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Weird things that surprise academics trying to commercialize a static checking tool. Andy Chou, Ben Chelf, Seth Hallem Charles Henri-Gros, Bryan Fulton,

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Presentation on theme: "Weird things that surprise academics trying to commercialize a static checking tool. Andy Chou, Ben Chelf, Seth Hallem Charles Henri-Gros, Bryan Fulton,"— Presentation transcript:

1 Weird things that surprise academics trying to commercialize a static checking tool. Andy Chou, Ben Chelf, Seth Hallem Charles Henri-Gros, Bryan Fulton, Ted Unangst Chris Zak Coverity Dawson Engler Stanford

2 A naïve view u Initial market analysis: –“We handle linux, bsd, we just need a pretty box!” –Not quite. u First rule of static analysis: no check, no bug. –Two first order examples we never would have guessed. –Problem 1: if you can’t find the code, can’t check it. –Problem 2: if you can’t compile code, you can’t check it. u And then: how to make money on software tool? –“Tools. Huh. Tools are hard.” Any VC in early 2000.

3 Myth: the C (or C++) language exists. u Well, not really. The standard is not a compiler. –What exists: gcc ac7-prepatch-alpha, xcc-i-did- not-understand-pages4,33, of-standard. –Oh. And Microsoft. Conformance = competitive disadvantage. Do the math on how this deforms.c files –Basic LALR law: What can be parsed will be written. u Rule: static analysis must compile code to check. –If you cannot (correctly) parse “language” cannot check. –Common (mis)usage model: “allegedly C” header file does something bizarre not-C thing. Included by all source. Customer watches your compiler emit voluminous parse errors. (This is not impressive.) –Of course: gets way worse with C++ (which we support)

4 u Banal. But take more time than you can believe: u And, of course, asm: Some bad examples to find in headers unsigned x = 0xdead_beef; int foo(int a, int a); unsigned “TEXT”; // unless “-packed”! __packed (…) struct foo { … } End lines with “\r” rather than “\n” #pragma asm mov eax, eab #pragma end_asm // newline = end __asm mov eax, eab // “]” = end __asm [ mov eax, eab ] asm foo() { mov eax, eab; } void x; short x; int *y = &(int)x;

5 Microsoft example: precompiled headers u Spec: u Implication u It gets worse: on-the-fly header fabrication The compiler treats all code occurring before the.h file as precompiled. It skips to just beyond the #include directive associated with the.h file, uses the code contained in the.pch file, and then compiles all code after filename I can put whatever I want here. It doesn’t have to compile. If your compiler gives an error it sucks. #include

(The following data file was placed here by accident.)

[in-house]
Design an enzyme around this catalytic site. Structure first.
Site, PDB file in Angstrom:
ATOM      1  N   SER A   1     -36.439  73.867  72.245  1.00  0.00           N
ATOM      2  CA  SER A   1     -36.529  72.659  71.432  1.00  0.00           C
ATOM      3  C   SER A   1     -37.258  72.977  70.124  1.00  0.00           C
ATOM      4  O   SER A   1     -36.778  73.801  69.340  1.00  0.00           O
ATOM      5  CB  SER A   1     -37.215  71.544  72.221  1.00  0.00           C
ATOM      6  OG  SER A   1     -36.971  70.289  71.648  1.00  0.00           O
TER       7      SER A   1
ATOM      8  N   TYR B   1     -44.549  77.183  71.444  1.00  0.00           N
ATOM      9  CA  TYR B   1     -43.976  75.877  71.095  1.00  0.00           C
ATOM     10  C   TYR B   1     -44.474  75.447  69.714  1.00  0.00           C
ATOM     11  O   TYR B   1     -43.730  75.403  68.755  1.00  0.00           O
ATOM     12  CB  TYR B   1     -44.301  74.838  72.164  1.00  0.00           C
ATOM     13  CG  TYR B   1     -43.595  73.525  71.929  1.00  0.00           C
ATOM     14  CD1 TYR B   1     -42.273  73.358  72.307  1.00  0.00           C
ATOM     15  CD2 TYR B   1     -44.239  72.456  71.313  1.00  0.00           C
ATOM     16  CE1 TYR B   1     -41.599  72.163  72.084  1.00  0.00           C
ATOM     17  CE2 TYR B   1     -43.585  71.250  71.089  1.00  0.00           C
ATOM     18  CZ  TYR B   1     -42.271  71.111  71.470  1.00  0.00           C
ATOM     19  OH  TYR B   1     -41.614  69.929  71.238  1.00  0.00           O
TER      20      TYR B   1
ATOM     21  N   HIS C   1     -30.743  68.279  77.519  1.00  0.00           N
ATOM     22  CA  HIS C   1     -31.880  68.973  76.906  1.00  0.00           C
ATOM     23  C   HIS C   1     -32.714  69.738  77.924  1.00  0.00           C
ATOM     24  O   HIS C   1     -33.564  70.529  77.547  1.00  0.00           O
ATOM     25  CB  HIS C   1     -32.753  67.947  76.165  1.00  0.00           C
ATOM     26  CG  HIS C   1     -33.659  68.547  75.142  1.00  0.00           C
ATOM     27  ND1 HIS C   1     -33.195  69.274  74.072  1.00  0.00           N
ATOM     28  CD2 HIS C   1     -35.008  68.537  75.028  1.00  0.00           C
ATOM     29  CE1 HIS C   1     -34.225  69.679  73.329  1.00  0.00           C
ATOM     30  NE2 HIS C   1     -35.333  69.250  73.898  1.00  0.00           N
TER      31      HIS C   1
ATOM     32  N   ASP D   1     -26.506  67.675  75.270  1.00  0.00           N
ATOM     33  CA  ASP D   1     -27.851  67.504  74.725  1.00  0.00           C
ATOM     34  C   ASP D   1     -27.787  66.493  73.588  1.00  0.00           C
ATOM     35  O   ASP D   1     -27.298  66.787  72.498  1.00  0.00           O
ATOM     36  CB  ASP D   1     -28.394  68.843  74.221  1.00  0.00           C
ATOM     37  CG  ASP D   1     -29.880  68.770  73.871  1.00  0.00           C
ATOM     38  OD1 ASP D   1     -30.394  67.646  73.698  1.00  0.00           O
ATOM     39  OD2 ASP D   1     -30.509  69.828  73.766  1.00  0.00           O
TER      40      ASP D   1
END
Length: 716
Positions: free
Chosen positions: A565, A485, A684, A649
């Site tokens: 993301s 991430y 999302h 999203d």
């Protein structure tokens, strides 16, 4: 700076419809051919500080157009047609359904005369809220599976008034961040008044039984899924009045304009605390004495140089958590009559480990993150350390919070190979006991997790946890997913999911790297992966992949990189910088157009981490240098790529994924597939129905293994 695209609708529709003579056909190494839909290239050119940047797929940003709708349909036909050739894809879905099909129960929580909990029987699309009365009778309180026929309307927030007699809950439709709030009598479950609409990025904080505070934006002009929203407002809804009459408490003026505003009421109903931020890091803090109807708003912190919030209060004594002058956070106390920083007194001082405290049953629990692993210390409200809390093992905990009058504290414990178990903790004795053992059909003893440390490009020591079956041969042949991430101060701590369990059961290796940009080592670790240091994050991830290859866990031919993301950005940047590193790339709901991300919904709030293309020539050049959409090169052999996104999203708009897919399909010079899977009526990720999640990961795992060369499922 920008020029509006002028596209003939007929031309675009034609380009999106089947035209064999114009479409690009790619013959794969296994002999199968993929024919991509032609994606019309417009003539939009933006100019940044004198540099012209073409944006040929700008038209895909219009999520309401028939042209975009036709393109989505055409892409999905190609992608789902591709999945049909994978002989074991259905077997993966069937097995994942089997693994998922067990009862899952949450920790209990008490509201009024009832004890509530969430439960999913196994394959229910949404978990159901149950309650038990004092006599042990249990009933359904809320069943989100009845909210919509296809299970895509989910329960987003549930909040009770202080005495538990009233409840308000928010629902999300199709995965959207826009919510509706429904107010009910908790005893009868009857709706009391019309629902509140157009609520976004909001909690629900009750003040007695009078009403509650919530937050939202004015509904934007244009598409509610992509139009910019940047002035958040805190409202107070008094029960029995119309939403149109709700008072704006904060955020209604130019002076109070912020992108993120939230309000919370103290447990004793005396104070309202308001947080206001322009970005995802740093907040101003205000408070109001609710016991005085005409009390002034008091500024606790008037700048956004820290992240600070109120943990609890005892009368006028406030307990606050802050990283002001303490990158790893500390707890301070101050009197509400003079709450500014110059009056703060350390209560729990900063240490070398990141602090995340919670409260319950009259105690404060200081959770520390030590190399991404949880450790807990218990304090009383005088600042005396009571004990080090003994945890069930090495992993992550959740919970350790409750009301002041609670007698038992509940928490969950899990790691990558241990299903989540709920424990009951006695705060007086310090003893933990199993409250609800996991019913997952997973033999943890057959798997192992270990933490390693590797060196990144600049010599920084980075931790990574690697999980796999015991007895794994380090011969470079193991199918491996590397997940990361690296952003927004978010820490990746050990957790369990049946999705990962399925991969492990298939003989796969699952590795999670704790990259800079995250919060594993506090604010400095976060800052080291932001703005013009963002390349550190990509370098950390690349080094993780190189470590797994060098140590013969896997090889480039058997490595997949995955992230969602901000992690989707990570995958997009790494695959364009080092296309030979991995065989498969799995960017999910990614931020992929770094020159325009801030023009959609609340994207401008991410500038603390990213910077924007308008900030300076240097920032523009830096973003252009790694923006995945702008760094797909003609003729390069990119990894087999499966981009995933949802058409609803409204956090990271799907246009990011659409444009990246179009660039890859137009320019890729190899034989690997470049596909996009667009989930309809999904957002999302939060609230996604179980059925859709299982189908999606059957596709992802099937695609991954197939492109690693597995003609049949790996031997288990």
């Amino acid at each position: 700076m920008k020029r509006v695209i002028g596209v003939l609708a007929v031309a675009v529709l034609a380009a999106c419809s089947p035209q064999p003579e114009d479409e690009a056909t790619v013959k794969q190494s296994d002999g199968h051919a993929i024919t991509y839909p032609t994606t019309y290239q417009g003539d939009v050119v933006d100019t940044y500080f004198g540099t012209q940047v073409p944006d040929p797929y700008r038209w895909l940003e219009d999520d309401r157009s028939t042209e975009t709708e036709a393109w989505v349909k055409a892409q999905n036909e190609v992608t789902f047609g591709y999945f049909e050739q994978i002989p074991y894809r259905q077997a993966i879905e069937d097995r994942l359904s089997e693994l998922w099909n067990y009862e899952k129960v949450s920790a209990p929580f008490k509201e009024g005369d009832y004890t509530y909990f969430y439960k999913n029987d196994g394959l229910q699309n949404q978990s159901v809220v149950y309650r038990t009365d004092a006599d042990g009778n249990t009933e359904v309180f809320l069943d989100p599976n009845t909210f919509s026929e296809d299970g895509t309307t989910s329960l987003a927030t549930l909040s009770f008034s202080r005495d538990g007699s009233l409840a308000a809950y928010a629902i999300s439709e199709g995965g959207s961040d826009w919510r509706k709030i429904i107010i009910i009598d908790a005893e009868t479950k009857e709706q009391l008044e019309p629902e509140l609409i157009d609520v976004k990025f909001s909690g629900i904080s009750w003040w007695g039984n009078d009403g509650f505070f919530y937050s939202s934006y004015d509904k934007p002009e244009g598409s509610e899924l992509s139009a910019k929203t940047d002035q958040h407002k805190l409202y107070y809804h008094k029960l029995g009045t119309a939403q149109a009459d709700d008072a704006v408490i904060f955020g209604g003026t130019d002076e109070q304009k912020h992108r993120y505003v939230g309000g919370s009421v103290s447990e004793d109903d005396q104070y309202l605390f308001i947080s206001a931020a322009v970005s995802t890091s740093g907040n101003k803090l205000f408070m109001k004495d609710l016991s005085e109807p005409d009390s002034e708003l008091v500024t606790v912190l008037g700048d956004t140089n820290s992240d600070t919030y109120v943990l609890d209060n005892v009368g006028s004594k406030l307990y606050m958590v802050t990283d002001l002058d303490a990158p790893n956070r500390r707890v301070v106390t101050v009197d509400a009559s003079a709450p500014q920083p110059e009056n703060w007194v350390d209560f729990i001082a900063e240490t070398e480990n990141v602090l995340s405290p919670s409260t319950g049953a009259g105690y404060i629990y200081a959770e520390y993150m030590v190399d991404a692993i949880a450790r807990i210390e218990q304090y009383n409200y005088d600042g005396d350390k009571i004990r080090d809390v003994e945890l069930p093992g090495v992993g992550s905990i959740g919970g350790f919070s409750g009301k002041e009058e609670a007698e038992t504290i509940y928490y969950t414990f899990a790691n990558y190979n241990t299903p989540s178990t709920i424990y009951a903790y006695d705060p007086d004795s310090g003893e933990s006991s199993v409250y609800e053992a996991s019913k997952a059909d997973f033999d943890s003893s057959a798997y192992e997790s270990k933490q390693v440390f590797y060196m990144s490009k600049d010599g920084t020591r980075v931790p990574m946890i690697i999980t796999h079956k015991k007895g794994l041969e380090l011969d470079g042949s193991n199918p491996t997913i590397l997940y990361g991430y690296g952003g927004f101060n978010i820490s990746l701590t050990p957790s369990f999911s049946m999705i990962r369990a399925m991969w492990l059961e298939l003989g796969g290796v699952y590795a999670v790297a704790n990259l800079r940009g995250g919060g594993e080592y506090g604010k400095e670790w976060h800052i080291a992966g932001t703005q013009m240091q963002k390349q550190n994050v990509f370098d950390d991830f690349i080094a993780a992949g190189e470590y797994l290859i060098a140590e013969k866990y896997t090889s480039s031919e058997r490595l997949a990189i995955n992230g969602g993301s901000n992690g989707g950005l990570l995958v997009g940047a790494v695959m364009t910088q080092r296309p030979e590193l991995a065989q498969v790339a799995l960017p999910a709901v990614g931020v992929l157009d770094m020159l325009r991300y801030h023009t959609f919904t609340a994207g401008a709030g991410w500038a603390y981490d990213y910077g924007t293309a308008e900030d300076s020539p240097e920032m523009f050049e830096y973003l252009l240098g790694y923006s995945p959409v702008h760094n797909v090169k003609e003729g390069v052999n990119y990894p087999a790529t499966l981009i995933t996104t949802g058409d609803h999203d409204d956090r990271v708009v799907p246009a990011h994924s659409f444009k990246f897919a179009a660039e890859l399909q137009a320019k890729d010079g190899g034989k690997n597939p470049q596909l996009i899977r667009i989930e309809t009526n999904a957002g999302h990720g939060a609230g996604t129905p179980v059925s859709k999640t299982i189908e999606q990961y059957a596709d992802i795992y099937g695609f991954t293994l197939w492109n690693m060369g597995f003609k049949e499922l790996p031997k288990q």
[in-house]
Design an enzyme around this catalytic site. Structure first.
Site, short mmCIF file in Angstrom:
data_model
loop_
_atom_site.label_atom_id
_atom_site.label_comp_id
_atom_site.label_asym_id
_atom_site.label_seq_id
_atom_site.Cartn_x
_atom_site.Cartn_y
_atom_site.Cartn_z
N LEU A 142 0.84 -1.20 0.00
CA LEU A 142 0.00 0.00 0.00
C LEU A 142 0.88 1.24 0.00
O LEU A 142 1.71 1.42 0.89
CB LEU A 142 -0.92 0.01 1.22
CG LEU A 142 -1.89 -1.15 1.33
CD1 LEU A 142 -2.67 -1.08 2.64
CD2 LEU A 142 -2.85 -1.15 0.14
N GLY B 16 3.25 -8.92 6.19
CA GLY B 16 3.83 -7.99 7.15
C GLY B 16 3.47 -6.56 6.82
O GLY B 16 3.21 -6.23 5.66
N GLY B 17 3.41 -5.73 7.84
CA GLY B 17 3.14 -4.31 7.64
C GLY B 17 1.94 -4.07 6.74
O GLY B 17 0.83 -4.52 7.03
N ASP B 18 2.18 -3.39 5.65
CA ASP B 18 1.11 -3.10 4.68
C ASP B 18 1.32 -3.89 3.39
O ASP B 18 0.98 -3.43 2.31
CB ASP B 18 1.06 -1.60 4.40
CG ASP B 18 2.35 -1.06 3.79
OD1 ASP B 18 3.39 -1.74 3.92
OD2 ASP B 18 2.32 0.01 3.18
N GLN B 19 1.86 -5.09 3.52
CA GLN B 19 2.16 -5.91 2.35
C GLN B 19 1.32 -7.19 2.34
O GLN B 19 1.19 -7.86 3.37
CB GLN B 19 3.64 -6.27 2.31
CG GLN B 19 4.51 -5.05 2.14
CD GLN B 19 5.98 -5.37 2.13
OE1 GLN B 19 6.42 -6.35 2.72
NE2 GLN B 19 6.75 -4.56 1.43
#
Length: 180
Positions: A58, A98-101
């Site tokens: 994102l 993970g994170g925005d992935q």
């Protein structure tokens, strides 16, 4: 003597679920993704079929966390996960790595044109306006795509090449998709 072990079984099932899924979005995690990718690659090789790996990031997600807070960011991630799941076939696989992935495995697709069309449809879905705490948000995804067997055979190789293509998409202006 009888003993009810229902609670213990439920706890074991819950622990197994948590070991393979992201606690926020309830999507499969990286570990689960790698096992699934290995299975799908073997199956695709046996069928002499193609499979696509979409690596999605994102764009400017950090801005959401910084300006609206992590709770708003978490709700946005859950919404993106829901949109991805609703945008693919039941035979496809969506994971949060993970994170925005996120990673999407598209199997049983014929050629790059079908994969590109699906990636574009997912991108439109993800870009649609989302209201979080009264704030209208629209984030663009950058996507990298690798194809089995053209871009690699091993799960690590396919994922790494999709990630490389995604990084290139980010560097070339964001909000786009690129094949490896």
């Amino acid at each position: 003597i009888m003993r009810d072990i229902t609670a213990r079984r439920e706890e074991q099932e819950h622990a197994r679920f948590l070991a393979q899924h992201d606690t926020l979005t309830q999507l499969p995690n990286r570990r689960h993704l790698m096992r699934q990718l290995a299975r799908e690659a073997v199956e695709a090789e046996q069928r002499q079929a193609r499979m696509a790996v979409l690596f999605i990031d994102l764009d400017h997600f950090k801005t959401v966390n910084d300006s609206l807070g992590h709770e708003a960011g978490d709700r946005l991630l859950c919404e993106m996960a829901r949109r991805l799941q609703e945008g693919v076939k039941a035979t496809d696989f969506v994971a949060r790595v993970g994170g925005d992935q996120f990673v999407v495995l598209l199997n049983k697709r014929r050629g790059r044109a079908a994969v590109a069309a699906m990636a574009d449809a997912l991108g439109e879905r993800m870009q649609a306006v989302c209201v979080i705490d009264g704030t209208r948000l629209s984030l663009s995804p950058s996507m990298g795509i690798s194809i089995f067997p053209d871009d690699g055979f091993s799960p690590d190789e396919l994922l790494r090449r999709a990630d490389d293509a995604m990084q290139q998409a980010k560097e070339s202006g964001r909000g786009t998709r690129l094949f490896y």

6 Solution: pre-preprocessing rewrite rules. u Supply regular expressions to rewrite bad constructs ppp_translate (“/#pragma asm/#if 0/”); ppp_translate(“/#pragma end_asm/#endif/”); #pragma asm … #pragma end_asm #if 0 … #endif

7 What this all means concretely. u We use Edison Design Group (EDG) frontend –Pretty much everyone uses. Been around since –Aggressive support for gcc, microsoft, etc. (bug compat!) u Still: coverity by far the largest source of EDG bugs: –146 parsing test cases (i.e., we got burned) –219 compiler line translation test cases (i.e., ibid). –163 places where frontend hacked (“#ifdef COVERITY”) Still need custom rewriter for many supported compilers: 205 hpux_compilers.c 215 iar_compiler.c 240 ti_compiler.c 251 green_hills_compiler.c 377 intel_compilers.c 453 diab_compilers.c 453 sun_compilers.c 485 arm_compilers.c 617 gnu_compilers.c 748 microsoft_compilers.c 1587 metrowerks_compilers.c …

8 Academics don’t understand money. u “We’ll just charge per seat like everyone else” –Finish the story: “Company X buys three Purify seats, one for Asian, one for Europe and one for the US…” u Try #2: “we’ll charge per lines of code” –“That is a really stupid idea: (1) …, (2) …, … (n) …” –Actually works. I’m still in shock. Would recommend it. u Good feature for seller: –No seat games. Revenue grows with code size. Run on another code base = new sale. u Good feature for buyer: No seat-model problems –Buy once for project, then done. No per-seat or per- usage cost; no node lock problems; no problems adding, removing or renaming developers (or machines) –People actually seem to like this pitch.